Are French Bulldogs Intelligent?
Frenchies are very intelligent dogs, however they can also be quite stubborn so we would highly recommend training from a young age. They can be slower with house training than other dog breeds.
Are French Bulldogs Good Family Dogs?
YES! Frenchies make fabulous family dogs; they are good with both children and other dogs. Obviously, this also depends on the individual Frenchie and their background.
How Big Does a French Bulldog Get?
Based on weight charts, Frenchies are considered a medium breed dog, even though they are quite short at around 11-13 inches in height.
How Much is a French Bulldog?
These popular pooches can be pricey! The price tag varies between breeders and family line, but on average, a French bulldog will cost anywhere between £1,200 and £2,000. If you’re looking to rescue and re home a frenchie, you should expect to pay a few hundred pounds to cover the costs.
French Bulldog Health Watchouts
Frenchies are renowned for suffering from a high number of health conditions, some avoidable, and some not.
Breathing problems: French bull dogs are a brachycephalic dog breed with flat faces and a short skull. This can cause breathing problems which also makes them suffer in hot and humid conditions by a lack of ability to pant effectively. This also makes Frenchies sensitive to anaesthesia, so be sure to keep their teeth in good order to avoid them going under for an annual clean. (Check out our blog on dog teeth cleaning and if you’re looking for a dog dental chew that’ll help, why not try our Gnashers?)
Eye conditions: Frenchies are known for their big eyes. Unfortunately their flatter face provides little protection for their eyes leading to some serious eye problems.
- Dry eye – Various factors can lead to your franchise eyes not producing enough tears and causing dryness, which can cause inflammation of their cornea. This can be painful so get it resolved quickly – treatment is typically a daily eye drop.
- Corneal Ulcers – ulcers can be serious and lead to loss of an eye as well as a lot of pain for your pooch. Dry eye can develop into ulcers or ulcers can result from injury.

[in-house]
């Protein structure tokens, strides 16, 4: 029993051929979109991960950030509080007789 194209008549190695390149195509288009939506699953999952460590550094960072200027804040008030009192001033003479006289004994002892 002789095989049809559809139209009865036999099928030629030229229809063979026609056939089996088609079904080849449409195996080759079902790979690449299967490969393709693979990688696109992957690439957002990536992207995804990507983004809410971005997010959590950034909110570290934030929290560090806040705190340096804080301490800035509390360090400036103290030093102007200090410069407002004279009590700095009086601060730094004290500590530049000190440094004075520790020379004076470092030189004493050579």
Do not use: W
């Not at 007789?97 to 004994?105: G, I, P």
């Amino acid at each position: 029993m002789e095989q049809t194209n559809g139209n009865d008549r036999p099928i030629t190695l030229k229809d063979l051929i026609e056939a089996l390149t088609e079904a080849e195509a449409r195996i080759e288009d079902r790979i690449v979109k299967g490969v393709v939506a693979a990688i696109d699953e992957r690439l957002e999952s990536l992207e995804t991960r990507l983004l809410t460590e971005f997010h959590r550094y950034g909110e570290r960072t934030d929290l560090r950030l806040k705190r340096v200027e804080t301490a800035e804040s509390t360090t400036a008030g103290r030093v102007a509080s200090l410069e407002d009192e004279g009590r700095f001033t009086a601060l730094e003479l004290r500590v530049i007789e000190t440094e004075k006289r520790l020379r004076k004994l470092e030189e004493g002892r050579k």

- Cherry eye – One that looks worse than it is, with cherry eye, you’ll see a red bulge in your dog’s eye. Its caused by a gland in the third eyelid swelling up and covering part of the eye. You can sometimes press the bulge gently back into place but if in doubt, consult with your vet. If you’ve dealt with this once, it’s likely to reoccur and your vet may suggest removing the gland.
- Entropion – This is where the eyelid rolls inwards toward the eye, it is very painful for the dog as the eyelashes rub against the eyeball. This can also cause conjunctivitis.
Skin allergies: Like most dogs, French bull dogs can suffer with allergies, both environmental and food based. Environmental allergies are permanent with no cure but can be controlled with medication. If you find your franchise scratching, rubbing and licking themselves a lot it’s likely they have an environmental allergy. You may notice symptoms are worse seasonally. Your vet can prescribe topical ointments and antihistamines to help manage symptoms and for extreme reactions, steroids. Food based allergies are less common than environmental and as every dog is different, it’s important to determine the cause. You can only do this via an elimination diet. We recommend avoiding allergy tests as false positives are common.